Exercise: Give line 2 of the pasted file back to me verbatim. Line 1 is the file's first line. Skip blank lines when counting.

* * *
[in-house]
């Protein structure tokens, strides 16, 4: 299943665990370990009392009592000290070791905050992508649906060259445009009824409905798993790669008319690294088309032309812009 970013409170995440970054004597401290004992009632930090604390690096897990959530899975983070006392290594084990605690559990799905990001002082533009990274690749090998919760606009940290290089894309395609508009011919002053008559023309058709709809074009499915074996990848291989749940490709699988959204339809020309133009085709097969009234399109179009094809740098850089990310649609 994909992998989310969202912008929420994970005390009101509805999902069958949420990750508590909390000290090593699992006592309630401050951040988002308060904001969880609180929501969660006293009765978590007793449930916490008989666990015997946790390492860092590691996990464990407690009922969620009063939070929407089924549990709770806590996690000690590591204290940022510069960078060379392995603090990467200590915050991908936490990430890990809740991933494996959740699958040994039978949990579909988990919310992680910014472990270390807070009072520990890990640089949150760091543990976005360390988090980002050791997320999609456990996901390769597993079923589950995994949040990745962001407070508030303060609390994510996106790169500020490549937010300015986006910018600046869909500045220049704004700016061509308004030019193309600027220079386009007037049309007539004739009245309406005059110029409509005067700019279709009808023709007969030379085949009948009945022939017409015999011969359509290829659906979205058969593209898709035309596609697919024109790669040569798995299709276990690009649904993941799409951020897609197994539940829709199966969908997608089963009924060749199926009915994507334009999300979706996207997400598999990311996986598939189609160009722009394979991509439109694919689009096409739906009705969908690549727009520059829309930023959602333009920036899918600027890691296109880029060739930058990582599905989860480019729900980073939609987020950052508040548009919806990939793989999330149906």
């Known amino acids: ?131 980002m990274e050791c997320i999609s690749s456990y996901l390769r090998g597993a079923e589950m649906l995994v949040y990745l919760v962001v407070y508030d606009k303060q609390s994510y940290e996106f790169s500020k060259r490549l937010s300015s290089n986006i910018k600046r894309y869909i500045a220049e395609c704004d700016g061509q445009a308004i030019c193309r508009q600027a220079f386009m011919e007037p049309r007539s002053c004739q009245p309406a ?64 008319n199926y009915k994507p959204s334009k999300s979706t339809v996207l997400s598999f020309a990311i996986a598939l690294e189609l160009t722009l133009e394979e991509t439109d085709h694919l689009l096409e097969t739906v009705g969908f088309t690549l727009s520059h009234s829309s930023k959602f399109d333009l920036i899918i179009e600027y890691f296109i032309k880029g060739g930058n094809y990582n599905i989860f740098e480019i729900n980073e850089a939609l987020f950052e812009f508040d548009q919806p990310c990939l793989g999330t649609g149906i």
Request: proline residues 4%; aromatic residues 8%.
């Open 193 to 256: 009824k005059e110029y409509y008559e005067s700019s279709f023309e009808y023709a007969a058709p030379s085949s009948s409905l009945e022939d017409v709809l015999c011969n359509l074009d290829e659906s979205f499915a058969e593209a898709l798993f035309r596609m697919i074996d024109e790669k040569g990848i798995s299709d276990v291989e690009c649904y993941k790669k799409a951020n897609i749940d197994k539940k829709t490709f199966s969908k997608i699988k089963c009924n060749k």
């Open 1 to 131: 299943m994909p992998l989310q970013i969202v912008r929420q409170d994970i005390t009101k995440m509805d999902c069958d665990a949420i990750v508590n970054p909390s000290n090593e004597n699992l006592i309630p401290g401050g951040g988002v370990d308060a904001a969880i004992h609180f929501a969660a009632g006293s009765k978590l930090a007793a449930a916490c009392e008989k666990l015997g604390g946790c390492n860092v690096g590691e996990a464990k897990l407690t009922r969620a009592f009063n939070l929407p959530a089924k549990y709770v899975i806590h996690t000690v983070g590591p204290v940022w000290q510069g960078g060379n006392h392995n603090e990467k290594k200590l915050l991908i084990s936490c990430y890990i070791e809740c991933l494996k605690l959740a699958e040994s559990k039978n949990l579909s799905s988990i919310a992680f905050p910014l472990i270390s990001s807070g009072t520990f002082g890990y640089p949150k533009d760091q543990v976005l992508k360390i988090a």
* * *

């Protein structure tokens, strides 16, 4: 299943665990370990009392009592000290070791905050992508649906060259445009009824409905798993790669008319690294088309032309812009 970013409170995440970054004597401290004992009632930090604390690096897990959530899975983070006392290594084990605690559990799905990001002082533009990274690749090998919760606009940290290089894309395609508009011919002053008559023309058709709809074009499915074996990848291989749940490709699988959204339809020309133009085709097969009234399109179009094809740098850089990310649609 994909992998989310969202912008929420994970005390009101509805999902069958949420990750508590909390000290090593699992006592309630401050951040988002308060904001969880609180929501969660006293009765978590007793449930916490008989666990015997946790390492860092590691996990464990407690009922969620009063939070929407089924549990709770806590996690000690590591204290940022510069960078060379392995603090990467200590915050991908936490990430890990809740991933494996959740699958040994039978949990579909988990919310992680910014472990270390807070009072520990890990640089949150760091543990976005360390988090980002050791997320999609456990996901390769597993079923589950995994949040990745962001407070508030303060609390994510996106790169500020490549937010300015986006910018600046869909500045220049704004700016061509308004030019193309600027220079386009007037049309007539004739009245309406005059110029409509005067700019279709009808023709007969030379085949009948009945022939017409015999011969359509290829659906979205058969593209898709035309596609697919024109790669040569798995299709276990690009649904993941799409951020897609197994539940829709199966969908997608089963009924060749199926009915994507334009999300979706996207997400598999990311996986598939189609160009722009394979991509439109694919689009096409739906009705969908690549727009520059829309930023959602333009920036899918600027890691296109880029060739930058990582599905989860480019729900980073939609987020950052508040548009919806990939793989999330149906």